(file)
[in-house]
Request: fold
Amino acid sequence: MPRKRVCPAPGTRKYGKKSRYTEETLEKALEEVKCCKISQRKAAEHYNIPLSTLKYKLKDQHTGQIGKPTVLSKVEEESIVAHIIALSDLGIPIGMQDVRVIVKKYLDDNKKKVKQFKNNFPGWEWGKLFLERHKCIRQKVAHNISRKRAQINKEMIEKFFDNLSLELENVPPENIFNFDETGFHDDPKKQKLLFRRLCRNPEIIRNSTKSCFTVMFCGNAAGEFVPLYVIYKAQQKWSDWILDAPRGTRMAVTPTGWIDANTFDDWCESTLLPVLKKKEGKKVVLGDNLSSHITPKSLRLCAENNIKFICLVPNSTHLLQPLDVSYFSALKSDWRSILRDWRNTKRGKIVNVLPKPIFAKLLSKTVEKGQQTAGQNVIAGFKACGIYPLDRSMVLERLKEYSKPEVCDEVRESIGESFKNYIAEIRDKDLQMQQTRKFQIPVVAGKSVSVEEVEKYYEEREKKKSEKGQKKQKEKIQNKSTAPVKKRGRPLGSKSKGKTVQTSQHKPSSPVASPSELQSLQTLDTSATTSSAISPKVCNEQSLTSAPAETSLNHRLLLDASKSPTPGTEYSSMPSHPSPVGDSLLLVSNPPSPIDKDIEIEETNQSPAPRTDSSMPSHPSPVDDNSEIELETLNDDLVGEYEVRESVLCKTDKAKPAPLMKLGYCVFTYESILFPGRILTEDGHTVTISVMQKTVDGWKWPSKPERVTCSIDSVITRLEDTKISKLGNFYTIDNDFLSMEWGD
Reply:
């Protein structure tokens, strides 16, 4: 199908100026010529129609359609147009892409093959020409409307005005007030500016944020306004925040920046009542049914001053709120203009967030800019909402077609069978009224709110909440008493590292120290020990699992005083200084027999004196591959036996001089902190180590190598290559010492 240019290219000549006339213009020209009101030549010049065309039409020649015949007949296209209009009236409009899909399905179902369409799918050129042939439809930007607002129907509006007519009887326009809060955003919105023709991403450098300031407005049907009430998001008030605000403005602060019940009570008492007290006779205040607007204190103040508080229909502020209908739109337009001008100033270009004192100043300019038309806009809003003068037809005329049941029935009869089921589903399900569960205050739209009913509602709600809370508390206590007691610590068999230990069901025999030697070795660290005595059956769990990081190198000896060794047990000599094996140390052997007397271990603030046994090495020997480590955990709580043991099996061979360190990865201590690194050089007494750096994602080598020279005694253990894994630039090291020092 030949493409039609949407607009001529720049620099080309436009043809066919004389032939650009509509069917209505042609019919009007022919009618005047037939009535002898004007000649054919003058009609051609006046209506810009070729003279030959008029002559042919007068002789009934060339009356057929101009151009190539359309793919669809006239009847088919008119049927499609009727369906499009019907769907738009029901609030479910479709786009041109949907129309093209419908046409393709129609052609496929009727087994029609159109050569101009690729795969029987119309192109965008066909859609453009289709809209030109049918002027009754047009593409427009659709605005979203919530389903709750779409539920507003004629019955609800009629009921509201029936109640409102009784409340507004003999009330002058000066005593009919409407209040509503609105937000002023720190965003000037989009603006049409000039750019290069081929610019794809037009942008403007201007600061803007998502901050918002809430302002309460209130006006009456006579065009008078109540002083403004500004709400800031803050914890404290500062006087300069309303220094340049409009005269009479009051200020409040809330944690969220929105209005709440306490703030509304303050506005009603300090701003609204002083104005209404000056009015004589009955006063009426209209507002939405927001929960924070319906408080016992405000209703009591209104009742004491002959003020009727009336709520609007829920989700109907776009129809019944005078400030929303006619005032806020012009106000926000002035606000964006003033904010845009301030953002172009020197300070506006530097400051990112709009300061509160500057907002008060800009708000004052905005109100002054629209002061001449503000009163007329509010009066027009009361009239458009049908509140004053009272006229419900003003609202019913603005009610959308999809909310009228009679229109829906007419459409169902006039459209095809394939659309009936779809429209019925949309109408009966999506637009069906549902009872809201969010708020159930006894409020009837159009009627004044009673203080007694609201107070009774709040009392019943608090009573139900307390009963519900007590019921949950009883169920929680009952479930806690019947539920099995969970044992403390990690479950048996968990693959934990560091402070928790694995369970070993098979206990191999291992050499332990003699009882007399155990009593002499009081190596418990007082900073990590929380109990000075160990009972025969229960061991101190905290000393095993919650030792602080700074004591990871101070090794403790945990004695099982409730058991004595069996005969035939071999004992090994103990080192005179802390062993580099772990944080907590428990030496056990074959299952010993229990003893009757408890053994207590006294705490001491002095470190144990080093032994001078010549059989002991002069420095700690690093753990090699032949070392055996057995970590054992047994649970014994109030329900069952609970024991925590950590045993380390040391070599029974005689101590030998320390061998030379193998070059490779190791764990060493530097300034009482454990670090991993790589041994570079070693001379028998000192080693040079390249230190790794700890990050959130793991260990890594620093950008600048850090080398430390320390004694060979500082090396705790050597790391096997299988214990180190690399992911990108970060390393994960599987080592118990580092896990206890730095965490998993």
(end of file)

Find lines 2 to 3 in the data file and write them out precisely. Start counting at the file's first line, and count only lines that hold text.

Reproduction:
Request: fold
Amino acid sequence: MPRKRVCPAPGTRKYGKKSRYTEETLEKALEEVKCCKISQRKAAEHYNIPLSTLKYKLKDQHTGQIGKPTVLSKVEEESIVAHIIALSDLGIPIGMQDVRVIVKKYLDDNKKKVKQFKNNFPGWEWGKLFLERHKCIRQKVAHNISRKRAQINKEMIEKFFDNLSLELENVPPENIFNFDETGFHDDPKKQKLLFRRLCRNPEIIRNSTKSCFTVMFCGNAAGEFVPLYVIYKAQQKWSDWILDAPRGTRMAVTPTGWIDANTFDDWCESTLLPVLKKKEGKKVVLGDNLSSHITPKSLRLCAENNIKFICLVPNSTHLLQPLDVSYFSALKSDWRSILRDWRNTKRGKIVNVLPKPIFAKLLSKTVEKGQQTAGQNVIAGFKACGIYPLDRSMVLERLKEYSKPEVCDEVRESIGESFKNYIAEIRDKDLQMQQTRKFQIPVVAGKSVSVEEVEKYYEEREKKKSEKGQKKQKEKIQNKSTAPVKKRGRPLGSKSKGKTVQTSQHKPSSPVASPSELQSLQTLDTSATTSSAISPKVCNEQSLTSAPAETSLNHRLLLDASKSPTPGTEYSSMPSHPSPVGDSLLLVSNPPSPIDKDIEIEETNQSPAPRTDSSMPSHPSPVDDNSEIELETLNDDLVGEYEVRESVLCKTDKAKPAPLMKLGYCVFTYESILFPGRILTEDGHTVTISVMQKTVDGWKWPSKPERVTCSIDSVITRLEDTKISKLGNFYTIDNDFLSMEWGD